PROVO -- In its heyday the Provo Community Church United Church of Christ had more than 298 attending services. Now the pews are lucky to seat 30 people at any given service.

Though not what is was, the downtown church at 175 N. University Avenue is hoping to remake itself, and in doing so provide a new community gathering place for concerts, exhibits, worship services and more.

A brief history will bring the significance of the church in Provo’s culture to light. First known as the Provo Congregational Church it was officially established in 1891. In 1919 the church united with the Provo Methodist Episcopal Church and the congregation became the Provo Community Congregational Church.

In 1920 the church received an inheritance gift of $30,000 from Meno Trope, a member of the congregation, for a new building. With the build out of Geneva Steel post World War II, the church added the new chapel, an A-Frame mid-century modern design, that remains today as a symbol of downtown.

The church, under Rev. Glen Halbe started what is now the Food and Care Coalition. They had the first Girl Scout Troop in the area, and each year the church is home to the Christmas Carols by Candlelight service. It also regularly hosts the Utah Valley Bell Ringers.

Last year the church committee announced they would be working with developers and the city to take down the 90 year-old Trope building and renovate and update the chapel.

“I didn’t want to see this place close down,” said David Lewis, church liaison and public affairs spokesman. “We were hoping to start this month, but it’s pushed out maybe a year.”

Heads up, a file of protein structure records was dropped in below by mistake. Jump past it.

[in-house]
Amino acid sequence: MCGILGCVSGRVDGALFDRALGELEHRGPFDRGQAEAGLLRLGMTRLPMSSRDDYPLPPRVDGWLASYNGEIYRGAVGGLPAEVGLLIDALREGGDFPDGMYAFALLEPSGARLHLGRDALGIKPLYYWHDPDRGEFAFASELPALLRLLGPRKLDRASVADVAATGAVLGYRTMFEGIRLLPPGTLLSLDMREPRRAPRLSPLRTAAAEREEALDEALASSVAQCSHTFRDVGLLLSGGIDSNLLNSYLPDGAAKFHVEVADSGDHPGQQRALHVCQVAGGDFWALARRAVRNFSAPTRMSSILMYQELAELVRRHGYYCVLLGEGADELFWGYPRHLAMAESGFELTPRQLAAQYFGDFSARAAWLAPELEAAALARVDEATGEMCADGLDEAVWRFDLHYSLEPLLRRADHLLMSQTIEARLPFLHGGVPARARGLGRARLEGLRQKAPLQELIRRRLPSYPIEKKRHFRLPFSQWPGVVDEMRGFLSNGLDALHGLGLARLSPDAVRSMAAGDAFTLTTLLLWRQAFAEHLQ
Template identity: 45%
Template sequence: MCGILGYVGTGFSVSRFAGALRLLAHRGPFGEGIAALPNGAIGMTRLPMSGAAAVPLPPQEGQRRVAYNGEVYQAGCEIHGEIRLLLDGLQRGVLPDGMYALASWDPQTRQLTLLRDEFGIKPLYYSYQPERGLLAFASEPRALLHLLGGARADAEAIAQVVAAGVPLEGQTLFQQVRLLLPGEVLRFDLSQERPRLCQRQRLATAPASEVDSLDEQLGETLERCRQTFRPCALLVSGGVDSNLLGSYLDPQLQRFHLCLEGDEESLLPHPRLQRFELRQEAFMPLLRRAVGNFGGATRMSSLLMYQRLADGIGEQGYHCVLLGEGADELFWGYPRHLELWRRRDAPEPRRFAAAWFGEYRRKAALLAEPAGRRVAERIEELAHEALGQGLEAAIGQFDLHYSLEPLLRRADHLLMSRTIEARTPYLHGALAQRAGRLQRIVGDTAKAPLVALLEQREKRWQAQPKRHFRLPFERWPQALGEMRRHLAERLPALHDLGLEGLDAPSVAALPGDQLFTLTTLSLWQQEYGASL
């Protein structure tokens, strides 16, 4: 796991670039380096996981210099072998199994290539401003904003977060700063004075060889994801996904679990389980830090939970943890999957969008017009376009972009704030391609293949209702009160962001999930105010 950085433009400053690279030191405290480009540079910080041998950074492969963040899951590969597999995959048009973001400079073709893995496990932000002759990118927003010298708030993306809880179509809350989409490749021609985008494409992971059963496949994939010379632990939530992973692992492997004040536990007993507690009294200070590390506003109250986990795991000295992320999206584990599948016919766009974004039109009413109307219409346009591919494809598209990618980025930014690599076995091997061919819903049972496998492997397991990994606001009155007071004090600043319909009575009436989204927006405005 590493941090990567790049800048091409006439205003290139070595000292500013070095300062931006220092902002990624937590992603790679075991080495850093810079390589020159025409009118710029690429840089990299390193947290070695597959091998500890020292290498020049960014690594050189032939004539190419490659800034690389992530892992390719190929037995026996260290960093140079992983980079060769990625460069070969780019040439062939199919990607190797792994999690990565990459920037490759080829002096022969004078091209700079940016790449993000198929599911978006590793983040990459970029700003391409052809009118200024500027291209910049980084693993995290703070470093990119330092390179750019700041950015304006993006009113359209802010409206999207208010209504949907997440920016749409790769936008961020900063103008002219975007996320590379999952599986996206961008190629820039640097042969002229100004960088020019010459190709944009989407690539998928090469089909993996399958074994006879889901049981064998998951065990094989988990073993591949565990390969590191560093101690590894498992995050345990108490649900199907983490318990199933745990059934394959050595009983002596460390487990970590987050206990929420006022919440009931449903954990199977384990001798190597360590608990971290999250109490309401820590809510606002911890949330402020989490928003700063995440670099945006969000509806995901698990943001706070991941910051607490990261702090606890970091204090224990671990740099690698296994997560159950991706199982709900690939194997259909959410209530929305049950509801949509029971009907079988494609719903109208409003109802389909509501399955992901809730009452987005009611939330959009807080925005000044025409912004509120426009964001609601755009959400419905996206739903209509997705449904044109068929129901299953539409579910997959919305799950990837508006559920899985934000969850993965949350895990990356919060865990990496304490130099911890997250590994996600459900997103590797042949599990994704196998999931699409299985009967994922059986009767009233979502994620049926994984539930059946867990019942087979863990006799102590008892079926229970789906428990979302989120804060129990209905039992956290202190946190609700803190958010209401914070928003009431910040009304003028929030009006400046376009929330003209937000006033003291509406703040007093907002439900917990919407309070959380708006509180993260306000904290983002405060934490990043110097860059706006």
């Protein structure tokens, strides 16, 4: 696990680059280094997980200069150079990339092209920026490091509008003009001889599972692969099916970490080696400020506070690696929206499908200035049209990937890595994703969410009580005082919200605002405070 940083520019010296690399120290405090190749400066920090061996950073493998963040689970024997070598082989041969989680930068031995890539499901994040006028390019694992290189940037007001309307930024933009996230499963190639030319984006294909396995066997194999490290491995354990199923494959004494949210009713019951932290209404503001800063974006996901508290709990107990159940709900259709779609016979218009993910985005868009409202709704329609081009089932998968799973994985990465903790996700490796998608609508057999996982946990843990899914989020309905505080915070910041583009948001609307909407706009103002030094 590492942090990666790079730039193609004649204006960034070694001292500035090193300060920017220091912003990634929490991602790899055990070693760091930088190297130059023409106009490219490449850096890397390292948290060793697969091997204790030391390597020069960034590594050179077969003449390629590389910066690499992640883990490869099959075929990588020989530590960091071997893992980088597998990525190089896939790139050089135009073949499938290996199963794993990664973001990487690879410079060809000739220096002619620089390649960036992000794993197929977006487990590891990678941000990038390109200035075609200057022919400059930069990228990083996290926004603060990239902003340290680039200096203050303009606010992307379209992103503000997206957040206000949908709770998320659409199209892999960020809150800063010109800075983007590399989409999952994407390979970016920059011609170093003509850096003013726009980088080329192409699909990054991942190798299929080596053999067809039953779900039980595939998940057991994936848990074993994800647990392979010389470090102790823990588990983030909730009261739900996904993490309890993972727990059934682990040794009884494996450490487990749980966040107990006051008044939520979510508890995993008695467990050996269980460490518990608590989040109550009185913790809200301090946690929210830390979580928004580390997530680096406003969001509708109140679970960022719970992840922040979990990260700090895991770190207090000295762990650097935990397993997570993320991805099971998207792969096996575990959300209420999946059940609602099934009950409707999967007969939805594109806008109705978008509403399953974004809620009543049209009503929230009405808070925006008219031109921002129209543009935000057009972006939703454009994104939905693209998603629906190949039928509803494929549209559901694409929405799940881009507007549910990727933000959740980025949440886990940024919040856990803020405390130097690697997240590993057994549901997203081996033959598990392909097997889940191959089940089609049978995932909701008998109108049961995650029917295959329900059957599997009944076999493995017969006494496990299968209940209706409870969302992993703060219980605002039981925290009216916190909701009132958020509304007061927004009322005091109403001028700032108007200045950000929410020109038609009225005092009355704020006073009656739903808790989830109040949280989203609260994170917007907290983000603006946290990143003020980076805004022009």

What Lewis and the church would like at the corner location is to become a community gathering place, something that could help replace what was lost by the Provo Tabernacle fire and subsequent change to an LDS Temple.

“In the beginning this building was a gift to the church,” Lewis said. “We’re re-gifting it to the community.”

Lewis said the church is like a Phoenix, in a rebirth and starting again.

“This church means a lot to us,” said Bret Pope, church community outreach. “We want to be a place where everyone is welcome.”

The plans include a mixed use operation of high-end apartments, a restaurant, business offices, and a renovation on the sanctuary that would hold a gathering of up to 400.

The church is hoping to add a new pipe organ in the sanctuary as well. Lewis, also the church organist, said the idea is to have a place for public concerts and recitals.

Lewis and the church council feel that if downtown Provo is becoming a music mecca, the downtown church should provide a place for all kinds of music to be heard.

“We want concerts here,” Lewis said. He went so far as to invite concert venue Velour, a block south of the church, to use the place for larger concerts.

The current problem for developers and the church is figuring out the costly parking issues and how to physically support the A-frame chapel structure while tearing down and rebuilding the rest.

While the church works with developers and the city on the redevelopment project, the delays have caused the church itself to need funds to keep afloat in the interim.

According to Pope a account has been set up for the church. They are seeking approximately $5,000. So far they have just under $200.

“We need this to sustain us while all of this is being figured out,” Pope said. “There are not many downtown churches around anymore.”

For information on the project or to donate call Pope at 801-669-4200.

Daily Herald reporter Genelle Pugmire can contacted at, (801)344-2910, Twitter @gpugmire

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